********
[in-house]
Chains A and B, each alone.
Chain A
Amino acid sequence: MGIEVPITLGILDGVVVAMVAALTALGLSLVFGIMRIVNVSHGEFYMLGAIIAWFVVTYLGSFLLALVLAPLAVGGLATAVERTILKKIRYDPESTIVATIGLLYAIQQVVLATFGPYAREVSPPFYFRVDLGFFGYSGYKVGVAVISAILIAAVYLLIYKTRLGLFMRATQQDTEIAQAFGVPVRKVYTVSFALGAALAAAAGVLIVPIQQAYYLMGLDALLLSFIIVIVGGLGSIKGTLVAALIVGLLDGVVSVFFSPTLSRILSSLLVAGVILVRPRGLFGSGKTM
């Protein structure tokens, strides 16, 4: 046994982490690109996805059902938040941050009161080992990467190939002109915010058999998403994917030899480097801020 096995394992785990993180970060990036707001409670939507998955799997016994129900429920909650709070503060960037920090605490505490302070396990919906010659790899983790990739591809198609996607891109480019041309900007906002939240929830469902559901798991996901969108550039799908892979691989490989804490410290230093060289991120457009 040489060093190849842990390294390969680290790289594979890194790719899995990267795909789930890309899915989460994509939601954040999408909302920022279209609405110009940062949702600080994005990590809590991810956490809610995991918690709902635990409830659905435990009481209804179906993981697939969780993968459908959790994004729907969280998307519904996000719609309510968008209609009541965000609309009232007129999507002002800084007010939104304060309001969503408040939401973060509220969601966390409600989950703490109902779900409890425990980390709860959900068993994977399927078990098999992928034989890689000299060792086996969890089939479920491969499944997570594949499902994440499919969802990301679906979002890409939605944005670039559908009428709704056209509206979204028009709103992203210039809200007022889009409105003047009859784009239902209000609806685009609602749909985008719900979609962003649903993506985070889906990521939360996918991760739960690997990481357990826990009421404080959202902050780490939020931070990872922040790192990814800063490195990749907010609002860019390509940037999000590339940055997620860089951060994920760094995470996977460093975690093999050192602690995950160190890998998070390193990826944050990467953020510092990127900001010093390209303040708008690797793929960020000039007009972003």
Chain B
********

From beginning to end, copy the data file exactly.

[in-house]
Chains A and B, each alone.
Chain A
Amino acid sequence: MGIEVPITLGILDGVVVAMVAALTALGLSLVFGIMRIVNVSHGEFYMLGAIIAWFVVTYLGSFLLALVLAPLAVGGLATAVERTILKKIRYDPESTIVATIGLLYAIQQVVLATFGPYAREVSPPFYFRVDLGFFGYSGYKVGVAVISAILIAAVYLLIYKTRLGLFMRATQQDTEIAQAFGVPVRKVYTVSFALGAALAAAAGVLIVPIQQAYYLMGLDALLLSFIIVIVGGLGSIKGTLVAALIVGLLDGVVSVFFSPTLSRILSSLLVAGVILVRPRGLFGSGKTM
């Protein structure tokens, strides 16, 4: 046994982490690109996805059902938040941050009161080992990467190939002109915010058999998403994917030899480097801020 096995394992785990993180970060990036707001409670939507998955799997016994129900429920909650709070503060960037920090605490505490302070396990919906010659790899983790990739591809198609996607891109480019041309900007906002939240929830469902559901798991996901969108550039799908892979691989490989804490410290230093060289991120457009 040489060093190849842990390294390969680290790289594979890194790719899995990267795909789930890309899915989460994509939601954040999408909302920022279209609405110009940062949702600080994005990590809590991810956490809610995991918690709902635990409830659905435990009481209804179906993981697939969780993968459908959790994004729907969280998307519904996000719609309510968008209609009541965000609309009232007129999507002002800084007010939104304060309001969503408040939401973060509220969601966390409600989950703490109902779900409890425990980390709860959900068993994977399927078990098999992928034989890689000299060792086996969890089939479920491969499944997570594949499902994440499919969802990301679906979002890409939605944005670039559908009428709704056209509206979204028009709103992203210039809200007022889009409105003047009859784009239902209000609806685009609602749909985008719900979609962003649903993506985070889906990521939360996918991760739960690997990481357990826990009421404080959202902050780490939020931070990872922040790192990814800063490195990749907010609002860019390509940037999000590339940055997620860089951060994920760094995470996977460093975690093999050192602690995950160190890998998070390193990826944050990467953020510092990127900001010093390209303040708008690797793929960020000039007009972003």
Chain B